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Tuesday, May 05, 2009


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john walker


Isn't there a contradiction between your bond and currency outlooks? In the Currency post, you wrote that "the bet to make right now is deflation". If so, bond prices could easily rise, since deflation raises the real interest rate on any fixed coupon.

For bond prices to fall during a period of combined deflation and a contracting economy would be historically unprecedented (counter-examples most welcome).


john walker, historical analogies an be tricky. From 1873 to 1896 we had a long but mild deflation, but the economy expanded (quite a lot actually) rather than contracted. Bond prices rose, but the analogy is imperfect to today. From 1837 to 1842 we had severe deflation and a huge contraction, and that is more like today; but we had just gotten rid of the central bank, so lacked a Fed to try to drive rates down. Again, an imperfect analogy to today.

From 1929 to 1932, we had a horrific deflation, and bond prices rose. After that it is hard to generalize, as we went off gold, but paradoxically gold flowed back into the US as a safe haven, so the money supply expanded. We didn't need to raise rates to attract investment.

From 2007 to 2009 we have dropped rates, and deflation has arrived, and so far bond prices have risen. My contention is that they will now fall as rates will go up in order to finance huge deficits. Interesting is that from 1929 to 1931 the Fed dropped rates from 6% to 1.5% very quickly, almost a mirror of our last two years. Then in 1931 the Fed raised rates to 3.5% to stem the outflow of gold, somewhat analogous to having to raise rates to attract foreign buyers of Treasuries today. Bonds fell. But in late 1931 Austria defaulted, then England defaulted, and we had a huge baking crisis worldwide. This prompted the Fed to start dropping rates again, back down to 1.5% in 1932.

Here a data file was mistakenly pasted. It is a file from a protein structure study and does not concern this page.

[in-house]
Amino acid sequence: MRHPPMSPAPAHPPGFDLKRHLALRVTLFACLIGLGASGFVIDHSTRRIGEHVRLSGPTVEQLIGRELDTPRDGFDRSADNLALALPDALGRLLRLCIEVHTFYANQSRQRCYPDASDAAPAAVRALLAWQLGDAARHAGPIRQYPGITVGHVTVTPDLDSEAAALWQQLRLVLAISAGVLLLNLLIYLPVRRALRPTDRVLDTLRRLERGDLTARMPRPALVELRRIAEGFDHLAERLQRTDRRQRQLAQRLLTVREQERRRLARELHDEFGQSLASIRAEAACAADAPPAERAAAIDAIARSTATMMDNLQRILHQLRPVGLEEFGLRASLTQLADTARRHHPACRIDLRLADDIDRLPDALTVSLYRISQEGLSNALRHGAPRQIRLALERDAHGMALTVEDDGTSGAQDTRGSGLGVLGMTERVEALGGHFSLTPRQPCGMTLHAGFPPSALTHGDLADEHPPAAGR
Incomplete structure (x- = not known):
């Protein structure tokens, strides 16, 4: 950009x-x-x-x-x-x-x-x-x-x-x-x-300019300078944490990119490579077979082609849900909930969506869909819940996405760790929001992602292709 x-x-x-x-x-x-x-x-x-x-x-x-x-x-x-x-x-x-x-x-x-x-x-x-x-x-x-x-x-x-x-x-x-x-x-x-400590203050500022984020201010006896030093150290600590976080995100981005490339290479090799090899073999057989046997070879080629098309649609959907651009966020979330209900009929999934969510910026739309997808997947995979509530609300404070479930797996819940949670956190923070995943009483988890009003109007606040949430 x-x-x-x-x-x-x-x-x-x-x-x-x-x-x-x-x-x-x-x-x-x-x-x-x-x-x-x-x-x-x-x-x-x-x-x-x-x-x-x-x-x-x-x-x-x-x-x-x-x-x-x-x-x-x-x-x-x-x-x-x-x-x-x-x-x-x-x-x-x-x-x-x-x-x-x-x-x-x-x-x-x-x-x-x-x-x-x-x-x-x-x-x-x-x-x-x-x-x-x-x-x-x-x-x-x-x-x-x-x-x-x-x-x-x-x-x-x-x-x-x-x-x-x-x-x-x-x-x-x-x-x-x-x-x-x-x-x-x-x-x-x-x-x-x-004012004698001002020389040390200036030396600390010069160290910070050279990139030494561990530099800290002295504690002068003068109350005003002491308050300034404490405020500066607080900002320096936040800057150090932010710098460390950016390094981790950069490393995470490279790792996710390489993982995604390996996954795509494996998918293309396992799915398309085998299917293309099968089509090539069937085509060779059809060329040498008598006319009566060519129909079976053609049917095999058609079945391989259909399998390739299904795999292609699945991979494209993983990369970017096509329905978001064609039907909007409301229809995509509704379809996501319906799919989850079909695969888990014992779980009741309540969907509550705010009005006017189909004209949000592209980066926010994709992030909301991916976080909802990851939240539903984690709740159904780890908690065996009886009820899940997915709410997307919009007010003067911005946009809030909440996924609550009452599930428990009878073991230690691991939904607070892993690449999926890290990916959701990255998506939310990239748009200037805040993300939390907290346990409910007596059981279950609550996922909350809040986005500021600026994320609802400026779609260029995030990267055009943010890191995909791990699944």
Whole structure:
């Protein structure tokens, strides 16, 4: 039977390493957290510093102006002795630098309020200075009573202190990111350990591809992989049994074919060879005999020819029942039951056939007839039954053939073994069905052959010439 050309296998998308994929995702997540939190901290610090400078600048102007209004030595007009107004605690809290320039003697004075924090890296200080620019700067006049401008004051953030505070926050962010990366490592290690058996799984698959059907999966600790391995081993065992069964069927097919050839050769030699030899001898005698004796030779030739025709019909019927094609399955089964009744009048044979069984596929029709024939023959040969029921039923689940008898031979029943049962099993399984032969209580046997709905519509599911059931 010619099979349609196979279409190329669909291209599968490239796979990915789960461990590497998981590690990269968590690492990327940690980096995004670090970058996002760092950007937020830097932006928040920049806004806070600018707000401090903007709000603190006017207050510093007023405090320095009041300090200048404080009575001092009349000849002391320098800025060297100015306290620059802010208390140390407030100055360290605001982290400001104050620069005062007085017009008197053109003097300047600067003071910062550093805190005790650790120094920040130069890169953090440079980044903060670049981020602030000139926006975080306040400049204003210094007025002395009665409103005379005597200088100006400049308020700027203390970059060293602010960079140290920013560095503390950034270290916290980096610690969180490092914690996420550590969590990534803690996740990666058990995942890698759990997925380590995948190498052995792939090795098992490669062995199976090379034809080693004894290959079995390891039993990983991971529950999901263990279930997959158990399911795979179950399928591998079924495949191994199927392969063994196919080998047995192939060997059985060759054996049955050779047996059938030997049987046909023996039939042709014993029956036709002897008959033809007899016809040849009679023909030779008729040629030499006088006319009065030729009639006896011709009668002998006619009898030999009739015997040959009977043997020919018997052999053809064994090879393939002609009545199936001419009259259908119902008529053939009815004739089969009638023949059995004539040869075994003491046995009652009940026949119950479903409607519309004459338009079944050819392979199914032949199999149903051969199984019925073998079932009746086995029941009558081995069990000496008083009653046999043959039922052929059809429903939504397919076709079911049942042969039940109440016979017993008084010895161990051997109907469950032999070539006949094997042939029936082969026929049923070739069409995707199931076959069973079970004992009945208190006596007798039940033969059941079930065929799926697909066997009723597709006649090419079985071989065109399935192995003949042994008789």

One of the most influential diagnoses of the Great Depression was Milton Friedman's Monetary History of the United States, which argued that the Fed failed to flood the market with money. In retrospect, it is much less clear today that he was right. The Fed dropped rates as fast as Bernanke has, but was overwhelmed not by a contraction of money in a narrow sense, but by a huge write-down of debt. For example, by 1933 most nations were defaulting on their foreign debts, most notably Germany, which repudiated the WWI war reparations, and England, which tried to get out of debt owed the US. Hard to see how the Fed could have put enough fingers in the dike to hold back that flood.

My argument is that the Fed has already driven rates down to really low levels, and it is hard to see how it can keep them there. With deflation, real rates are destined to rise, but nominal bond value should drop.



I think you have raised a very pertinent doubt on the continuation of the Bond rally. The sheer amounts of deficit financing required world over could easily steepen the yield curves with the short end subdued by the liquidity and long end stressed by the largesse of the debt burden. This fits in with the logic of weaker USD in the last downleg
The steepening of Yield curve can thus resolve the contradiction pointed out by JW

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